Educating the Saints

By Hugh W. Nibley
photo courtesy of Edgar Zuniga Jr. via C.C. License at Flickr

Brigham Young was the Prophet Joseph's most faithful disciple; their teachings are one as the minds of the Saints and prophets have always been one. Before he met Joseph Smith, Brigham recalls, "the secret feeling of my heart was that I would be willing to crawl around the earth on my hands and knees, to see such a man as was Peter, Jeremiah, Moses, or any man that could tell me anything about God and heaven." And then "when I saw Joseph Smith, he took heaven, figuratively speaking, and brought it down to earth; and he took the earth, brought it up, and opened up, in plainness and simplicity, the things of God; and that is the beauty of his mission."

It was a mind-stretching religion: "Thy mind, O man!" said the Prophet Joseph Smith, "if thou wilt lead a soul unto salvation, must stretch as high as the utmost heavens, and search into and contemplate the darkest abyss, and the broad expanse of eternity." The promise he gave to those who took the gospel and the cause of Judah to heart was that "your minds will expand wider and wider, until you can circumscribe the earth and the heavens... and contemplate the mighty acts of Jehovah in all their variety and glory."

What attests to him the divinity of the Bible is that it is "so much beyond the narrow-mindedness of men, that every man is constrained to exclaim: 'It came from God.'" The Holy Ghost, the ultimate teacher, "has no other effect than pure intelligence. It is more powerful in expanding the mind, enlightening the understanding, and storing the intellect with present knowledge... It is... the pure spirit of intelligence."

Mind and heart must expand together, according to the Prophet: "You must enlarge your souls towards each other... Let your hearts expand, let them be enlarged towards others." For not only is "the mind or the intelligence which man possesses... co-equal with God himself" in time, but "all the minds and spirits that God ever sent into the world are susceptible of enlargement... so that they... have one glory upon another."

This was what Brigham Young learned from his beloved Joseph as he "continued to receive revelation upon revelation, ordinance upon ordinance, truth upon truth." It was all good news: "What are we here for? To learn to enjoy more, and to increase in knowledge and in experience." Learning is our proper calling: "We shall never cease to learn, unless we apostatize... Can you understand that?" "God has given us mental and physical powers to be improved," and along with them "our senses, if properly educated, are channels of endless felicity to us." All systems are "go" for the expanding mind: "Let us not narrow ourselves up; for the world, with all its variety of useful information and its rich hoard of hidden treasure, is before us; and eternity, with all its sparkling intelligence, lofty aspirations, and unspeakable glories, is before us." The news is all good -- forever: "And when we have passed into the sphere where Joseph is, there is still another department, and then another, and another, and so on to an eternal progression in exaltation and eternal lives. That is the exaltation I am looking for." "When we have lived millions of years in the presence of God and angels, ...shall we then cease learning? No, or eternity ceases." First and last, the gospel is learning unlimited.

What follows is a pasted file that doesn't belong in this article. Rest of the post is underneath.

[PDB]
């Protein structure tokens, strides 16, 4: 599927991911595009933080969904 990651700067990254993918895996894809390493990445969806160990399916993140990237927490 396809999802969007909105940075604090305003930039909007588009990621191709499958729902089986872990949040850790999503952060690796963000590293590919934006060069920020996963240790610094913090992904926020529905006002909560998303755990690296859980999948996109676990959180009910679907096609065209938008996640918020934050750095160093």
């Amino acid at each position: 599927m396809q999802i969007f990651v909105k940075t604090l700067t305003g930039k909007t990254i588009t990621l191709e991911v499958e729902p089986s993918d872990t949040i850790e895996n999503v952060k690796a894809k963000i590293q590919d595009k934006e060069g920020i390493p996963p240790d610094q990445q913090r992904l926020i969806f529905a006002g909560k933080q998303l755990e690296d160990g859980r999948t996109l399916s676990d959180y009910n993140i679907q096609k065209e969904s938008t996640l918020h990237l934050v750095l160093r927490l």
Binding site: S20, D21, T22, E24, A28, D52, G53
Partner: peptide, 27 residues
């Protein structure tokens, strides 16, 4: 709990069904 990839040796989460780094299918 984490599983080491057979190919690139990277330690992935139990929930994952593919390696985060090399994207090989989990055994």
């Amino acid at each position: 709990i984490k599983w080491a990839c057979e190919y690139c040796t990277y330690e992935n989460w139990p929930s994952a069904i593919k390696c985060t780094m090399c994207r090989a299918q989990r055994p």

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President Young kept after his people all the time: "After suitable rest and relaxation there is not a day, hour or minute that we should spend in idleness, but every minute of every day of our lives we should strive to improve our minds and to increase in the faith of the holy Gospel." A year after the arrival in the valley, Brigham Young copied down in his journal a letter which Parley P. Pratt had written to his brother back east describing the new society: "All is quiet -- stillness. No elections, no police reports, no murders, no war nor little war... No policeman has been on duty to guard us from external or internal dangers... Here we can cultivate the mind, renew the spirit, invigorate the body, cheer the heart and ennoble the soul of man. Here we can cultivate every science and art calculated to enlarge the mind, accommodate the body, or polish and adorn our race; and here we can receive and extend that pure intelligence which is unmingled with the jargon of mystic Babylon."

Wonderful to relate, for the ever-practical Brigham and the struggling pioneers the improvement of the mind always came first. Brigham laid it on the line: "All who do not want to sustain co-operation and fall into the ranks of improvement, and endeavor to improve themselves by every good book" were invited to leave the community. The challenge of nature was not the real issue -- "the greatest and most important labour we have to perform is to cultivate ourselves."